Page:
Thirteen of Orange County’s 34 cities contract their policing services to the Orange County Sheriff’s Department. Contracting out services can save cities the hassles and costs of dealing with their own unionized workforces. But when Orange County cities contract with the County Sheriff, they are absorbing the high cost of OC’s unionized law enforcement.

The Association of Orange County Deputy Sheriffs (AOCDS) analyzed the numbers and concluded that contract cities pay much less for police protection than those that maintain their own forces. AOCDS arrived at this conclusion by obtaining budgeted police expenditures for each city and then dividing by that city’s population.  The AOCDS found that contract cities paid an average of $195 per resident for policing versus $362 per resident for cities that had their own forces.

The contracted costs appear quite reasonable by national standards. Based on a survey of 12,000 local police departments across the country, the Bureau of Justice Statistics reported an average policing cost of $279 per resident in 2013. BJS found policing costs to be higher in larger cities:  the per resident average varied from $228 in cities of 10,000-25,000 people to $391 in cities of more than one million residents.

Per resident law enforcement costs do not consider differences in crime rates and police department effectiveness. To incorporate these factors, it may be more appropriate to look at cost per clearance. A clearance occurs when a reported crime is resolved, usually by an arrest. Clearance data is collected by the FBI and included in California’s Open Justice database. On a cost per clearance basis, Orange County contract cities still pay less on average, but the difference is no longer statistically significant. This calculation also highlights just how expensive policing is in Orange County: resolving a single crime costs, on average, over $95,000.

AOCDS’s calculations with our additions are shown below:

So, regardless of whether cities contract or operate their own police departments, they pay a high bill for law enforcement.

We reviewed contracts signed by several Orange County communities with the County Sheriff and found that they included steep personnel costs. Rates varied slightly across the cities we reviewed, but these 2016 personnel rates charged to the cities of Laguna Niguel and Aliso Viejo are representative:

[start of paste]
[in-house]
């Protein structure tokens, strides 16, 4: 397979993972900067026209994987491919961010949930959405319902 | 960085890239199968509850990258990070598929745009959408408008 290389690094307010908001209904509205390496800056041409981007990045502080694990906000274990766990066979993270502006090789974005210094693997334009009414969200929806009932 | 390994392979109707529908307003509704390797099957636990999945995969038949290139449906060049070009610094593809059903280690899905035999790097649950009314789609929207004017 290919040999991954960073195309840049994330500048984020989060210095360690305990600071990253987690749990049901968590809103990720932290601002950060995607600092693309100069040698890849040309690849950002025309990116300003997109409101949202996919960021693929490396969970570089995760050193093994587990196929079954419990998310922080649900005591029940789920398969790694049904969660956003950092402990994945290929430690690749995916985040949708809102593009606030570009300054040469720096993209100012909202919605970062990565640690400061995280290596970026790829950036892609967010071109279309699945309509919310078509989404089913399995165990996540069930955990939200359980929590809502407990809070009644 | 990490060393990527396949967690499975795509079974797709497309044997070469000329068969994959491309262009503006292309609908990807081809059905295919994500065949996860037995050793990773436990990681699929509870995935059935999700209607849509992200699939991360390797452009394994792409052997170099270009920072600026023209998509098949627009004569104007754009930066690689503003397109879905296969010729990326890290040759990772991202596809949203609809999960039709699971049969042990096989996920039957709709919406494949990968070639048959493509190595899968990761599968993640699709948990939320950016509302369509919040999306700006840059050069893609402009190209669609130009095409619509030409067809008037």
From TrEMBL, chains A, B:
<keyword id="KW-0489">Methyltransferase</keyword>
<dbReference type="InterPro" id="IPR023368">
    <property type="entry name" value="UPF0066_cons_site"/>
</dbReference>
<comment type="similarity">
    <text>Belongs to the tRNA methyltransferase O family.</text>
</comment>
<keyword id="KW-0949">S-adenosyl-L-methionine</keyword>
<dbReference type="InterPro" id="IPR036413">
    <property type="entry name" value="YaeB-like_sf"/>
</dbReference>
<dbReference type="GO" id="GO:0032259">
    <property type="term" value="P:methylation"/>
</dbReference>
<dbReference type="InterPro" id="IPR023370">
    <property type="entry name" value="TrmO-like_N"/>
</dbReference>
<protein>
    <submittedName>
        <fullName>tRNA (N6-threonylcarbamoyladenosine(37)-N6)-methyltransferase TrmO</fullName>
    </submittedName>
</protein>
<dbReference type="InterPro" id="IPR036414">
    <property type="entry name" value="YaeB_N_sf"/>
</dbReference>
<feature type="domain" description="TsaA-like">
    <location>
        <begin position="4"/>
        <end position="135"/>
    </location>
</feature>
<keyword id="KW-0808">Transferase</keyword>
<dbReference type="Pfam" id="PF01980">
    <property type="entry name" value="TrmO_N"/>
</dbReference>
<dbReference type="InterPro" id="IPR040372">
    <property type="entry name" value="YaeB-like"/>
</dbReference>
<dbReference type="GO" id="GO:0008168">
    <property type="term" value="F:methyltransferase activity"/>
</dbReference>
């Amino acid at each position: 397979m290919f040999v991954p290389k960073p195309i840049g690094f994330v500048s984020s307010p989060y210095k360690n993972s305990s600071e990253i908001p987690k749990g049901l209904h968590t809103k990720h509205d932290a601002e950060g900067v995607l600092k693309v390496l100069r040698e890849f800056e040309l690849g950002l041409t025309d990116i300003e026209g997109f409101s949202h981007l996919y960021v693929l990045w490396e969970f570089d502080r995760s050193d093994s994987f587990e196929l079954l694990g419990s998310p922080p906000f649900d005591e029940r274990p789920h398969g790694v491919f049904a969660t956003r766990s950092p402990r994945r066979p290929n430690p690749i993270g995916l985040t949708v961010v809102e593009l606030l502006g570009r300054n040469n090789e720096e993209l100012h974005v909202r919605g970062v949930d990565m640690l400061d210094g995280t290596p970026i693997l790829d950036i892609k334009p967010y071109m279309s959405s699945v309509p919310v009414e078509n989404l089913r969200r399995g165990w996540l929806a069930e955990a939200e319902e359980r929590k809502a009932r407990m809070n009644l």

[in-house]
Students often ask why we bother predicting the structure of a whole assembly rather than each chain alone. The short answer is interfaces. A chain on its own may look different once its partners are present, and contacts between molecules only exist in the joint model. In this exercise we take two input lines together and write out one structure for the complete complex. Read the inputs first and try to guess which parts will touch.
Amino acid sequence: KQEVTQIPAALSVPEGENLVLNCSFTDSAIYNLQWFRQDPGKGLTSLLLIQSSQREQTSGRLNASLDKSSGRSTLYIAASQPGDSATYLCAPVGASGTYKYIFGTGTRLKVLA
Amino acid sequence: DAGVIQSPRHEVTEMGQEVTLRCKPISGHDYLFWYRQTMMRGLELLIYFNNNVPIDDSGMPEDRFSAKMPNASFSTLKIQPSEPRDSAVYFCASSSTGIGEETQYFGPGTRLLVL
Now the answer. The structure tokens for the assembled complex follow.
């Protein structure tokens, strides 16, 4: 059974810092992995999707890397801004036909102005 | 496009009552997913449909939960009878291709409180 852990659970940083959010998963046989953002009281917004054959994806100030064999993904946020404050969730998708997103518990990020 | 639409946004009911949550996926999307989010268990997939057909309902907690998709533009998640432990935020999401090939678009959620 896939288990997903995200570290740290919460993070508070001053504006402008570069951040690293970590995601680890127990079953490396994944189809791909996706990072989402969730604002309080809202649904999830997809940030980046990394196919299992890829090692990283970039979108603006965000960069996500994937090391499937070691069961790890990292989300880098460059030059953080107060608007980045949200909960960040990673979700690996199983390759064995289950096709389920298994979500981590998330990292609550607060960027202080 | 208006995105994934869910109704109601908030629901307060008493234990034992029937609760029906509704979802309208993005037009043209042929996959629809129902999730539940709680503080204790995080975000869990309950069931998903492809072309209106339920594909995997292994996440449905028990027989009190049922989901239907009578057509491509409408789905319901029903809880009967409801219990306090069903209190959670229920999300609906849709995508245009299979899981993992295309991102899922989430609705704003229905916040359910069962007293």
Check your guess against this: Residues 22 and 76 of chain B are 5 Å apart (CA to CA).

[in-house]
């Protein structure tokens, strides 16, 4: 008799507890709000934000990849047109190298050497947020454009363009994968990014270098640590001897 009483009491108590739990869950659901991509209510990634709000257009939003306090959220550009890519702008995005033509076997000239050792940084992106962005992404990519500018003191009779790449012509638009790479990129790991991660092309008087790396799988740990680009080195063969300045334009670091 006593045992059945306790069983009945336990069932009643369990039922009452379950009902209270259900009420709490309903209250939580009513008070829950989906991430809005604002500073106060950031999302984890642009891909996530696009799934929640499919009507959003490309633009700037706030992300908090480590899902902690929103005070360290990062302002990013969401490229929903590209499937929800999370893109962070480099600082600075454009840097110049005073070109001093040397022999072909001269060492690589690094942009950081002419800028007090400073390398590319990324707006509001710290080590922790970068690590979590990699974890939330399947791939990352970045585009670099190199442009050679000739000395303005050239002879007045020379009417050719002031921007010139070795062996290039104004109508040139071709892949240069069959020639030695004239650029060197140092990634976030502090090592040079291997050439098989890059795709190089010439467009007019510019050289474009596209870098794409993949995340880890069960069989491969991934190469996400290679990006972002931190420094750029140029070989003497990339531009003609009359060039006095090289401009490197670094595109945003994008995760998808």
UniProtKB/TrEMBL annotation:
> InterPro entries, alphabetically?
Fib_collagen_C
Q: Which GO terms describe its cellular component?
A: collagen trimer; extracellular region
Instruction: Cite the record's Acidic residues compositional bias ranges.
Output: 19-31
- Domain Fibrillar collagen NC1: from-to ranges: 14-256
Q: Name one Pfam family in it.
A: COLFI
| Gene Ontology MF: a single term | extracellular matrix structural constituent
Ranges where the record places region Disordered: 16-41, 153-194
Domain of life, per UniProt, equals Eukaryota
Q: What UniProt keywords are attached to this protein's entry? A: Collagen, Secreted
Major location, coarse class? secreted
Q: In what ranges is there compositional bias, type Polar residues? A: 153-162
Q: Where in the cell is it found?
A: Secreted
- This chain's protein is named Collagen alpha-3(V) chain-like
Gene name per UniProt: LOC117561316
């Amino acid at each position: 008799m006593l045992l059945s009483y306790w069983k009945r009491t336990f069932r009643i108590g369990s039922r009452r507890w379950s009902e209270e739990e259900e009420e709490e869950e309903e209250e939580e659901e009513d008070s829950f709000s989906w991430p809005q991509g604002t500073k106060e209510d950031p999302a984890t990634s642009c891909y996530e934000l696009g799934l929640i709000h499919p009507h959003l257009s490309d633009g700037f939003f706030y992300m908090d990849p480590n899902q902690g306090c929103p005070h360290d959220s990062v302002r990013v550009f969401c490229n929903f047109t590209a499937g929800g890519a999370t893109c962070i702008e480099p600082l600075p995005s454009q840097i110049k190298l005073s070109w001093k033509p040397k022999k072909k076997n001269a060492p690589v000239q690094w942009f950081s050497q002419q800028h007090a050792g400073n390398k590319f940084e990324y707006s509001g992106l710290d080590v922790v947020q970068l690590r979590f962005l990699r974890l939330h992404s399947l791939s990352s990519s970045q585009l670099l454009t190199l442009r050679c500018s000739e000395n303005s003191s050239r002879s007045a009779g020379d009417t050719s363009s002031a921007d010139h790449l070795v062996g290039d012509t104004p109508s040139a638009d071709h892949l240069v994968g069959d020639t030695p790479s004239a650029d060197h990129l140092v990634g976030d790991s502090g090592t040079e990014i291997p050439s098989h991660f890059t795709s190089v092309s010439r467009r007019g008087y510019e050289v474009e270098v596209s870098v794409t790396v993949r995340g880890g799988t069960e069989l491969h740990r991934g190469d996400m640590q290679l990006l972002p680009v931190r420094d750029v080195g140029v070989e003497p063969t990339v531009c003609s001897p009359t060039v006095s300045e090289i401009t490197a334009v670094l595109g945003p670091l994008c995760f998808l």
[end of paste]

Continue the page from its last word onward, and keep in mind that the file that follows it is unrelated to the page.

When benefits are included, the cost of employing a sergeant becomes much higher. Because many employees are eligible to retire in their fifties at 90% of salary, the county must make large pension fund contributions on their behalf. According to the most recent Orange County Employees Retirement System (OCERS) Actuarial Valuation, pension contributions for law enforcement employees range up to 63% of salary, with most of the contributions being borne by the County as opposed to employees.These high personnel rates appear to be driven by the attractive salaries and benefits offered by the Orange County Sheriff’s Department. Right now, a Sergeant’s base salary can reach $126,090 per year, and this maximum will rise to $134,000 per year in 2019 under the current contract.Relative to 2008, the rate for a Lieutenant was 20% higher in 2016; for a Sergeant, the increase was 18%. On an annual basis, personnel cost increases were a not unreasonable 2%.

Under the AOCDS contract, the County contributes $1174 per month to each employee’s health coverage rising to $1395 per month in 2019. The County also funds retiree health benefits of up to $250 per month for officers hired before 2007.

A 2015 Orange County Civil Grand Jury report found irregularities in the sheriff’s Medical Benefits Trust Fund, which is operated by the union rather than the county. The Grand Jury concluded that the benefit trust was being used to provide medical benefits to union officials not employed by the County, and to improperly subsidize retiree health benefits. The County Executive did not fully concur with the Grand Jury’s findings, but agreed to negotiate changes to the Trust arrangement in future bargaining.